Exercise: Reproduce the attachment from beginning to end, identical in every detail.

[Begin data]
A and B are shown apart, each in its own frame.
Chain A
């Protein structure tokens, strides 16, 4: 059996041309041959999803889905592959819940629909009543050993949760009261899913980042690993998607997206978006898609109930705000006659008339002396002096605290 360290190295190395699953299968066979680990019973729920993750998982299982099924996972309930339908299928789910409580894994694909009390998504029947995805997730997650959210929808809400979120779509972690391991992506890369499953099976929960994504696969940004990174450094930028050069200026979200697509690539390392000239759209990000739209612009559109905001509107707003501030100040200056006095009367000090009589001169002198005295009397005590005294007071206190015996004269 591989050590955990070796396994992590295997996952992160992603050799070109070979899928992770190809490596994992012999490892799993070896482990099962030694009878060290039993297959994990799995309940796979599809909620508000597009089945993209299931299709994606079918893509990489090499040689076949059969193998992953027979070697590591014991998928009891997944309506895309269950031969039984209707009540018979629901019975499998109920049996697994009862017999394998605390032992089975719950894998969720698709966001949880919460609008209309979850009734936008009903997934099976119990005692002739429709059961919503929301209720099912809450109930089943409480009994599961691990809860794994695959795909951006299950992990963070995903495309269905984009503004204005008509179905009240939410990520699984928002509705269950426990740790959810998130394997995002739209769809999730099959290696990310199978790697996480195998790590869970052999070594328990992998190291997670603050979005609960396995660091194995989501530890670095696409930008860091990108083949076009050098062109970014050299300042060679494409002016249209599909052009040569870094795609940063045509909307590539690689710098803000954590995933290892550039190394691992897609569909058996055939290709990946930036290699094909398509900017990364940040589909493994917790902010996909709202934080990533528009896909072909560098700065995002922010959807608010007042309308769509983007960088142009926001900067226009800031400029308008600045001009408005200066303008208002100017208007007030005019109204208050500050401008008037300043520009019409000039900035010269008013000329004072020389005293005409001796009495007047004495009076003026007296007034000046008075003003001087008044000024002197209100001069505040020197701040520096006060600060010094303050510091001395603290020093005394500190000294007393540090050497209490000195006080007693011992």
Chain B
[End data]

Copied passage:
A and B are shown apart, each in its own frame.
Chain A
């Protein structure tokens, strides 16, 4: 059996041309041959999803889905592959819940629909009543050993949760009261899913980042690993998607997206978006898609109930705000006659008339002396002096605290 360290190295190395699953299968066979680990019973729920993750998982299982099924996972309930339908299928789910409580894994694909009390998504029947995805997730997650959210929808809400979120779509972690391991992506890369499953099976929960994504696969940004990174450094930028050069200026979200697509690539390392000239759209990000739209612009559109905001509107707003501030100040200056006095009367000090009589001169002198005295009397005590005294007071206190015996004269 591989050590955990070796396994992590295997996952992160992603050799070109070979899928992770190809490596994992012999490892799993070896482990099962030694009878060290039993297959994990799995309940796979599809909620508000597009089945993209299931299709994606079918893509990489090499040689076949059969193998992953027979070697590591014991998928009891997944309506895309269950031969039984209707009540018979629901019975499998109920049996697994009862017999394998605390032992089975719950894998969720698709966001949880919460609008209309979850009734936008009903997934099976119990005692002739429709059961919503929301209720099912809450109930089943409480009994599961691990809860794994695959795909951006299950992990963070995903495309269905984009503004204005008509179905009240939410990520699984928002509705269950426990740790959810998130394997995002739209769809999730099959290696990310199978790697996480195998790590869970052999070594328990992998190291997670603050979005609960396995660091194995989501530890670095696409930008860091990108083949076009050098062109970014050299300042060679494409002016249209599909052009040569870094795609940063045509909307590539690689710098803000954590995933290892550039190394691992897609569909058996055939290709990946930036290699094909398509900017990364940040589909493994917790902010996909709202934080990533528009896909072909560098700065995002922010959807608010007042309308769509983007960088142009926001900067226009800031400029308008600045001009408005200066303008208002100017208007007030005019109204208050500050401008008037300043520009019409000039900035010269008013000329004072020389005293005409001796009495007047004495009076003026007296007034000046008075003003001087008044000024002197209100001069505040020197701040520096006060600060010094303050510091001395603290020093005394500190000294007393540090050497209490000195006080007693011992």
Chain B